Also known by the old Greek name of Pera, this district is on the European side of the city. While inhabited for thousands of years, the area that would become Beyoğlu was first incorporated as a suburb of the city in the 5th century. Dominated by European merchants during the Middle Ages, the area still boasts grand reminders of the time, including the ruins of the Genoese Palace and the Galata Tower. When modernization came to Istanbul in in the 19th century, Beyoğlu became the first part of the city to have electricity, telephone lines, and many other conveniences. After years of decline following the collapse of the Ottoman Empire, Beyoğlu has finally reasserted itself as the cosmopolitan heart of the city. From Western-style restaurants, bars, and cafés to art houses and antique stores, the area is filled with a bustling and creative energy at all times of day.


Resting along the European banks of the Bosphorus, Beşiktaş is an affluent area containing many of the city’s most visually striking sites. Long favored for its stunning views and wind-shielded weather, the area became a haven for emperors and other wealthy citizens during the Ottoman era. Standing apart from even the magnificent Bosphorus-lining mansions, Dolmabahçe Palace dominates the coastline with its jaw-dropping grandeur. Whether visited directly or taken in via a scenic boat tour, Beşiktaş is an ideal destination for a romantic getaway.


Located on the Asian side of the Bosphorus, Kadıköy is the cultural center of the city’s eastern region. One of the oldest settlements in all of Istanbul, Kadıköy has been continuously inhabited since prehistoric times. Today, the area is known for its cobblestone streets, book stores, and cafés. With numerous middle-class dining and entertainment offerings also available, Kadıköy is popular among day-trippers looking for an authentic taste of modern Istanbul.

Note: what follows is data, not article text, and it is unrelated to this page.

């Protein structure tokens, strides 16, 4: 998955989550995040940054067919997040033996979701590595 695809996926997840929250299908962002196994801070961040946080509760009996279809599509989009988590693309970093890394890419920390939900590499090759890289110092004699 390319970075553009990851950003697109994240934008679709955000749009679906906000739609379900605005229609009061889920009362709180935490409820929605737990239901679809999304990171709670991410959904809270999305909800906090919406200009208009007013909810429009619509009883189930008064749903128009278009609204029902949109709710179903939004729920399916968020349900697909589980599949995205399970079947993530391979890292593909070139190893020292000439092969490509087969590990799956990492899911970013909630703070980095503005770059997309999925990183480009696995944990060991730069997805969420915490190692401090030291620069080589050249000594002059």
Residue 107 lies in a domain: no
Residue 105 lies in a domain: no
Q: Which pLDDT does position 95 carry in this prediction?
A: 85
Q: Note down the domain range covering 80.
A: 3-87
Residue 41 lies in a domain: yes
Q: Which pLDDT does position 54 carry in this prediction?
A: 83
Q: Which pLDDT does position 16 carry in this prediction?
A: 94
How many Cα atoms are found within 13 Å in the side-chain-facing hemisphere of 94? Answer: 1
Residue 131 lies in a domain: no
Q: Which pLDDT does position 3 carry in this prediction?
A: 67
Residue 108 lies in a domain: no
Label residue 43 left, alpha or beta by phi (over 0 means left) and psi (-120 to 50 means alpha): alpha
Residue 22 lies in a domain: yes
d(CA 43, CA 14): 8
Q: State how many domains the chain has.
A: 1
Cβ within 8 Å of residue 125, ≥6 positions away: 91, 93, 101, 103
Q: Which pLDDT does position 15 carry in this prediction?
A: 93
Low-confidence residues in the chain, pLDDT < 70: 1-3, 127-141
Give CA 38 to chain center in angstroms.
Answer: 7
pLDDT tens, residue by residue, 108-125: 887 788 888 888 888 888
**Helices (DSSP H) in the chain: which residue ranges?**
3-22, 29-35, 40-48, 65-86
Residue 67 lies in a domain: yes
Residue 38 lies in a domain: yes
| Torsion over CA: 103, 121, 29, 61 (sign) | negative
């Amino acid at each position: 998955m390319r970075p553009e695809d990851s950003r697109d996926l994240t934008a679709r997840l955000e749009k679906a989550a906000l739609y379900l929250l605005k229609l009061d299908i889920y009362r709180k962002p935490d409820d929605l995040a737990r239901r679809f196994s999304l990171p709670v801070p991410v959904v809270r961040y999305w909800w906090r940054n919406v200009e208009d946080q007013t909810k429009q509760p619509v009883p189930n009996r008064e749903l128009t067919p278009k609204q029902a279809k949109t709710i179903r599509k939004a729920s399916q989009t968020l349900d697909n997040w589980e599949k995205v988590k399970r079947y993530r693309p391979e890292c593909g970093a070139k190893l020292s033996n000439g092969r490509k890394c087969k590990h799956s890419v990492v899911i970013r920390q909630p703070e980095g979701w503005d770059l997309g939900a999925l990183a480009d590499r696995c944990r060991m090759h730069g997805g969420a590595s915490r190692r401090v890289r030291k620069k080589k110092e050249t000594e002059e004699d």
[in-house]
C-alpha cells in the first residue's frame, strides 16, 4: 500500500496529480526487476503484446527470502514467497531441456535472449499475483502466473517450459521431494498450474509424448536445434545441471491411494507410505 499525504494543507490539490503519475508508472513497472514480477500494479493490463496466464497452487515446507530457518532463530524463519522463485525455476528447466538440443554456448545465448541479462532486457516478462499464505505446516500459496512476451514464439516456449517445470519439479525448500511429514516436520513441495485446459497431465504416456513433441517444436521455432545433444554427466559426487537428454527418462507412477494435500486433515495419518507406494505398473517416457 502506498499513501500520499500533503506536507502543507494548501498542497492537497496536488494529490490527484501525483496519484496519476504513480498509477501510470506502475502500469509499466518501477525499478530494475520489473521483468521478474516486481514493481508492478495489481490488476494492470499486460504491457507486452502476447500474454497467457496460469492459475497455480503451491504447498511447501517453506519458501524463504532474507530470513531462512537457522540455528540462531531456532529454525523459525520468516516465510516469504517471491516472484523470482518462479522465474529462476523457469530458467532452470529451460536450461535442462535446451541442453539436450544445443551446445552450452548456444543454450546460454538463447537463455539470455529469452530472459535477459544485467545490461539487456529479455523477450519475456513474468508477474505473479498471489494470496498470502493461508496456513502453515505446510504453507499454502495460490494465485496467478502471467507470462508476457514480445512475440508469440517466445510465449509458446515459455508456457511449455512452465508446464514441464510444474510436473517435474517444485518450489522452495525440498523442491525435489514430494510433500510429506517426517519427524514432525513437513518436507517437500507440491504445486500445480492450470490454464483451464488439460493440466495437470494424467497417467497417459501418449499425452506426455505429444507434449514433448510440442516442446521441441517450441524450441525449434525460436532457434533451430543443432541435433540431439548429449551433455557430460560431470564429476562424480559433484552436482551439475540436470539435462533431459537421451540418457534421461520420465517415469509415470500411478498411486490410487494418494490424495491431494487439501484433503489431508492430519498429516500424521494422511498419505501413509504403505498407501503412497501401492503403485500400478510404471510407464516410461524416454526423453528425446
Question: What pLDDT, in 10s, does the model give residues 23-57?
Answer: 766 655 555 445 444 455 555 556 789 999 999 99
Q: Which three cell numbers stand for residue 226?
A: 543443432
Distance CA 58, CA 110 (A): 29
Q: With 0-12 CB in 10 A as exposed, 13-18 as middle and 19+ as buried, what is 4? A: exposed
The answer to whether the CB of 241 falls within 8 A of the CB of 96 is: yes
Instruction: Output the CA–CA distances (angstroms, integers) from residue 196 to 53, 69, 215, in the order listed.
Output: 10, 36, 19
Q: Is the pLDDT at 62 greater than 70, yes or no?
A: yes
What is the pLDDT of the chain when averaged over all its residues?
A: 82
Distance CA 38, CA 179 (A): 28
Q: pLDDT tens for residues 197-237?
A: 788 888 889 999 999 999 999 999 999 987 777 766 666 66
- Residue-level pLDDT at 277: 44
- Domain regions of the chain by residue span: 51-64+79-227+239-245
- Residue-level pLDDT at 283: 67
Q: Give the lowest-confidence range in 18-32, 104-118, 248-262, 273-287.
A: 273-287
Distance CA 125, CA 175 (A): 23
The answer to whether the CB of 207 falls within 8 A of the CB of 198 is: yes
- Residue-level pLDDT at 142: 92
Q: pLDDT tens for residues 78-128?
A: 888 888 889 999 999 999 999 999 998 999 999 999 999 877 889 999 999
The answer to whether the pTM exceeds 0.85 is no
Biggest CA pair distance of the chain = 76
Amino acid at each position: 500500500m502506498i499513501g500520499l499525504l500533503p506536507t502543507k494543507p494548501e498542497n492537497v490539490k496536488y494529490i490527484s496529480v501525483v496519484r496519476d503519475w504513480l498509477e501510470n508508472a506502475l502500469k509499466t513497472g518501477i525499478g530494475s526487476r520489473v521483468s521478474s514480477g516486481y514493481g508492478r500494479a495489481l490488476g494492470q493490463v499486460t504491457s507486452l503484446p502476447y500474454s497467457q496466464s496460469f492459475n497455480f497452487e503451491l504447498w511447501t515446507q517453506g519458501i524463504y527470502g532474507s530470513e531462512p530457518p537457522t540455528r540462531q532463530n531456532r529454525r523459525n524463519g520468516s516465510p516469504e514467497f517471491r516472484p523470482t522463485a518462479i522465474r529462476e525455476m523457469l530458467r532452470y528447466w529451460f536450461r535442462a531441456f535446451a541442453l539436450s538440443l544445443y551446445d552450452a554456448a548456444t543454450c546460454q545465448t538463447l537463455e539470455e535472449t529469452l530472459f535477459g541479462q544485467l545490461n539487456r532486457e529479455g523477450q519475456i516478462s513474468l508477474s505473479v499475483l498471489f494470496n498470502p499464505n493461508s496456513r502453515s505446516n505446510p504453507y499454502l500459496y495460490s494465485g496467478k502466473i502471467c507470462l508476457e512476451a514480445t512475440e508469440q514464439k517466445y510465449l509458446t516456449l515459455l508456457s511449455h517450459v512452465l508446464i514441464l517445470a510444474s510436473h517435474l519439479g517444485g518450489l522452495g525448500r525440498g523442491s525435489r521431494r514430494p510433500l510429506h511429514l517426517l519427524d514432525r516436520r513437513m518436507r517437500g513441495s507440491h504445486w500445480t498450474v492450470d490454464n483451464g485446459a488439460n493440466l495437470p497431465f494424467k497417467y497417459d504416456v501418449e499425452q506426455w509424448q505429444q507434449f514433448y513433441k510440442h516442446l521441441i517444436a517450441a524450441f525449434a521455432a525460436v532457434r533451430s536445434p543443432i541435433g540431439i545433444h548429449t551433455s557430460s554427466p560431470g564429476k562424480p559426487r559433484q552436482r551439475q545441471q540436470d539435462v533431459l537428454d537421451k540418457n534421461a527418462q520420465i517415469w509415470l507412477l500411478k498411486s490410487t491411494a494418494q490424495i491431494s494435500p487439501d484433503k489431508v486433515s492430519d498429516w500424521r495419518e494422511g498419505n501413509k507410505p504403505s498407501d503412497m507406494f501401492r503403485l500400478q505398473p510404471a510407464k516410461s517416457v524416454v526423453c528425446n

Known as historic Istanbul, the Fatih municipality consists of the oldest neighborhoods in the city. Surrounded by water and defended by the Walls of Constantinople, the area was the seat of government for four major empires. With a history rich in the traditions of Christianity, Islam, the East, and the West, it’s no surprise that many of Istanbul’s most famous attractions can be found here. From the Grand Bazaar in Eminönü to the Hagia Sophia and Topakapi Palace in Sultanahmet, there’s a reason why the area is the centerpiece of Istanbul’s tourism industry.


A part of the Şişli district, Nişantaşi is one of Istanbul’s most exclusive neighborhoods and one of the most popular shopping districts in the city. Situated on the European side of the Bosphorus, the area reflects the most fashionable areas of New York, London, and Paris. With land originally used as a shooting range for Ottoman soldiers, the area was officially settled in the 19th century and quickly became a hotspot for Istanbul’s elites. Lined with Art Nouveau apartment blocks, Nişantaşi now features an array of up-scale boutiques, chic cafés, and exciting night clubs.

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